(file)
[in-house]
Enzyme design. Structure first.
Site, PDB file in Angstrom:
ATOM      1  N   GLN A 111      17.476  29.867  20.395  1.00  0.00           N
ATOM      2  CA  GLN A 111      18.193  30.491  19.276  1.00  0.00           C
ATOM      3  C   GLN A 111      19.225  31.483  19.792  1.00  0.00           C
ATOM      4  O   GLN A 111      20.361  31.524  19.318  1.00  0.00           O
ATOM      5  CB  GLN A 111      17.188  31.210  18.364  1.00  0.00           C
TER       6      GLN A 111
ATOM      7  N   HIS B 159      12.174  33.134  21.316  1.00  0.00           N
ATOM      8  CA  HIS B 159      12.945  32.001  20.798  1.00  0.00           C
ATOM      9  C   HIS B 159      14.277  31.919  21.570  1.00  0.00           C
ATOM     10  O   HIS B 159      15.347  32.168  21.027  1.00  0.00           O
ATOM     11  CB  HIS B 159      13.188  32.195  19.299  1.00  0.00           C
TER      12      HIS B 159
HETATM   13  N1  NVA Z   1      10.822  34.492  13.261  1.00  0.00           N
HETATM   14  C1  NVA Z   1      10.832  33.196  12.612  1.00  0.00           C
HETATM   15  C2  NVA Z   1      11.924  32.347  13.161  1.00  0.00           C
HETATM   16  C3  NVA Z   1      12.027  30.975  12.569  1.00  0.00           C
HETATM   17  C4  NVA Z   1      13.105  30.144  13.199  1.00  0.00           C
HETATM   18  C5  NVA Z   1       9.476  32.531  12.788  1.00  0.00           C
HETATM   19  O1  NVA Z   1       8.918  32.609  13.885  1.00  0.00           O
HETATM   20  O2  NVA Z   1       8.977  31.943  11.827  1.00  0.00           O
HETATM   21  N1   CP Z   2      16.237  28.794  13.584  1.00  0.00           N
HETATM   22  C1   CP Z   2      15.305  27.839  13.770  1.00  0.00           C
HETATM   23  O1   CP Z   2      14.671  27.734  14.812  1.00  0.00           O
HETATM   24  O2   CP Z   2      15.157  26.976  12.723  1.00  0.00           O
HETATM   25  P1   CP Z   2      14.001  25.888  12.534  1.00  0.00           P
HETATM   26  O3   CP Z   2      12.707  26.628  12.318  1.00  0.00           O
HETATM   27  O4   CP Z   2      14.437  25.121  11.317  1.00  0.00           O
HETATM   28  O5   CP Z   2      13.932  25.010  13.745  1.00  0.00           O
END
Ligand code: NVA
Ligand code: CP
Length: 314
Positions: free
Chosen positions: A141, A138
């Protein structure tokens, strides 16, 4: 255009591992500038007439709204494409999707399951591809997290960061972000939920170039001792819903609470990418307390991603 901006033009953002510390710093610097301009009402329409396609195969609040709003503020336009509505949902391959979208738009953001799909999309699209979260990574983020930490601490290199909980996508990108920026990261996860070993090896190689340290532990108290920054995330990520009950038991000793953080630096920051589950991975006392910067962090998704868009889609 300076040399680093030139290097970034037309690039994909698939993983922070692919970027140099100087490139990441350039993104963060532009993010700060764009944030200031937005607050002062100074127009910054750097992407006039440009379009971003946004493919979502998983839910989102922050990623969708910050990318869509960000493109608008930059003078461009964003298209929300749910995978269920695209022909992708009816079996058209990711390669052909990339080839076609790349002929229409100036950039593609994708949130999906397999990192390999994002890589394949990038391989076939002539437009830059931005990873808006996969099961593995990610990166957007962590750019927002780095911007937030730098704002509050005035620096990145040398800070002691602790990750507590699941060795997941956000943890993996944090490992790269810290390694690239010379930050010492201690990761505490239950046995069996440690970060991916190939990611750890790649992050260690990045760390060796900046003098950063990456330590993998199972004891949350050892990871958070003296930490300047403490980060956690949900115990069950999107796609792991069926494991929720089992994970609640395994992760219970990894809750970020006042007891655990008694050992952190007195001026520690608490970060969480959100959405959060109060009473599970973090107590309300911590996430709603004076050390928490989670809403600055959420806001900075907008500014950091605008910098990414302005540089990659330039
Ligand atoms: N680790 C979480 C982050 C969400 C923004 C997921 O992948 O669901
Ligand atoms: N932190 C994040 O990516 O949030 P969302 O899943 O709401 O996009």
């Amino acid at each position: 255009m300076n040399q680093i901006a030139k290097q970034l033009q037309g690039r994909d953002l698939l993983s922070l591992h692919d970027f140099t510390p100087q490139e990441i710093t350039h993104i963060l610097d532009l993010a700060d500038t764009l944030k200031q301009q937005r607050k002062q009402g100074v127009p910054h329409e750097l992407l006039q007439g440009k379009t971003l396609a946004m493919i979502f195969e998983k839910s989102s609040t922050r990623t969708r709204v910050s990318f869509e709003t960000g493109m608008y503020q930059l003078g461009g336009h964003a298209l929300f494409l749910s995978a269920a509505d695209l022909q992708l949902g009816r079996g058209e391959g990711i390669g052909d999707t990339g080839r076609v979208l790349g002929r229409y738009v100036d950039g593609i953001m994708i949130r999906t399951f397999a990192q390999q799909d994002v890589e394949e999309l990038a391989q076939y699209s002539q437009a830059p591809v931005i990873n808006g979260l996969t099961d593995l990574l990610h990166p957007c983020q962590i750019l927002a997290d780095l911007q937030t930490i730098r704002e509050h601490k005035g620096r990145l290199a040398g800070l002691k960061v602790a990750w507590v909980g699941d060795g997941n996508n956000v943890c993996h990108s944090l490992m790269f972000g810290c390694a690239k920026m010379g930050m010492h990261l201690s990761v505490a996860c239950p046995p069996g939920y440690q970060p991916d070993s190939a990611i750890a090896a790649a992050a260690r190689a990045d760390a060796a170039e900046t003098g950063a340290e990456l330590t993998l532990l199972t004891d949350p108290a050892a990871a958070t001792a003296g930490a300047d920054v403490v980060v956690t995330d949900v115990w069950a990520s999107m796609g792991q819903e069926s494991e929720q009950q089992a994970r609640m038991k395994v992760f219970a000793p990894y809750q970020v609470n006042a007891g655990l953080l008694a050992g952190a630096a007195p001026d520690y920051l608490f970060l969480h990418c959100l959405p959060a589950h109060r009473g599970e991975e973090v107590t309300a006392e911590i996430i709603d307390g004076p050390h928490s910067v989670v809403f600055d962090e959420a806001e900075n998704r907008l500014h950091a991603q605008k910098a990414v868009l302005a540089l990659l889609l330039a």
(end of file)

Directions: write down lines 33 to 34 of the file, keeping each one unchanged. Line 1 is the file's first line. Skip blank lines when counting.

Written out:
Ligand code: NVA
Ligand code: CP